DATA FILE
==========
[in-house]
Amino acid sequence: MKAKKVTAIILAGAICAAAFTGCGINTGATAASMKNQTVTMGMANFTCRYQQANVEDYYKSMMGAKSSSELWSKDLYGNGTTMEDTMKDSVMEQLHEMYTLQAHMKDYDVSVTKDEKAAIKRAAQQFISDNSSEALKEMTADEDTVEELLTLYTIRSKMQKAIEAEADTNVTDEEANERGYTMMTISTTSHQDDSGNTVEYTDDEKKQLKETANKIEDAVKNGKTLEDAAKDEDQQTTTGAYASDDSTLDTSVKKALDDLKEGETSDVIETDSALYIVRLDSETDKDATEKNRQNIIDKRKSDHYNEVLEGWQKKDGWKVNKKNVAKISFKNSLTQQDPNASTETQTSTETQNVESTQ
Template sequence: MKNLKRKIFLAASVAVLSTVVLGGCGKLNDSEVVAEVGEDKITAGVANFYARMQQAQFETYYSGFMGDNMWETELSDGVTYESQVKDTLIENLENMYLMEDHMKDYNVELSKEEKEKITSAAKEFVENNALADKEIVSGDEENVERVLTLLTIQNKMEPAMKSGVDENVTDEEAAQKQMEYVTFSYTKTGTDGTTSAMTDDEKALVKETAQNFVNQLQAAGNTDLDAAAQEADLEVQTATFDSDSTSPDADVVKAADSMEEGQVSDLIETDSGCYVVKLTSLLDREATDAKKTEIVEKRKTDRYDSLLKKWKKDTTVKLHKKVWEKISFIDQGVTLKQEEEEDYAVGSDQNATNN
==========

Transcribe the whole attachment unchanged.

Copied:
[in-house]
Amino acid sequence: MKAKKVTAIILAGAICAAAFTGCGINTGATAASMKNQTVTMGMANFTCRYQQANVEDYYKSMMGAKSSSELWSKDLYGNGTTMEDTMKDSVMEQLHEMYTLQAHMKDYDVSVTKDEKAAIKRAAQQFISDNSSEALKEMTADEDTVEELLTLYTIRSKMQKAIEAEADTNVTDEEANERGYTMMTISTTSHQDDSGNTVEYTDDEKKQLKETANKIEDAVKNGKTLEDAAKDEDQQTTTGAYASDDSTLDTSVKKALDDLKEGETSDVIETDSALYIVRLDSETDKDATEKNRQNIIDKRKSDHYNEVLEGWQKKDGWKVNKKNVAKISFKNSLTQQDPNASTETQTSTETQNVESTQ
Template sequence: MKNLKRKIFLAASVAVLSTVVLGGCGKLNDSEVVAEVGEDKITAGVANFYARMQQAQFETYYSGFMGDNMWETELSDGVTYESQVKDTLIENLENMYLMEDHMKDYNVELSKEEKEKITSAAKEFVENNALADKEIVSGDEENVERVLTLLTIQNKMEPAMKSGVDENVTDEEAAQKQMEYVTFSYTKTGTDGTTSAMTDDEKALVKETAQNFVNQLQAAGNTDLDAAAQEADLEVQTATFDSDSTSPDADVVKAADSMEEGQVSDLIETDSGCYVVKLTSLLDREATDAKKTEIVEKRKTDRYDSLLKKWKKDTTVKLHKKVWEKISFIDQGVTLKQEEEEDYAVGSDQNATNN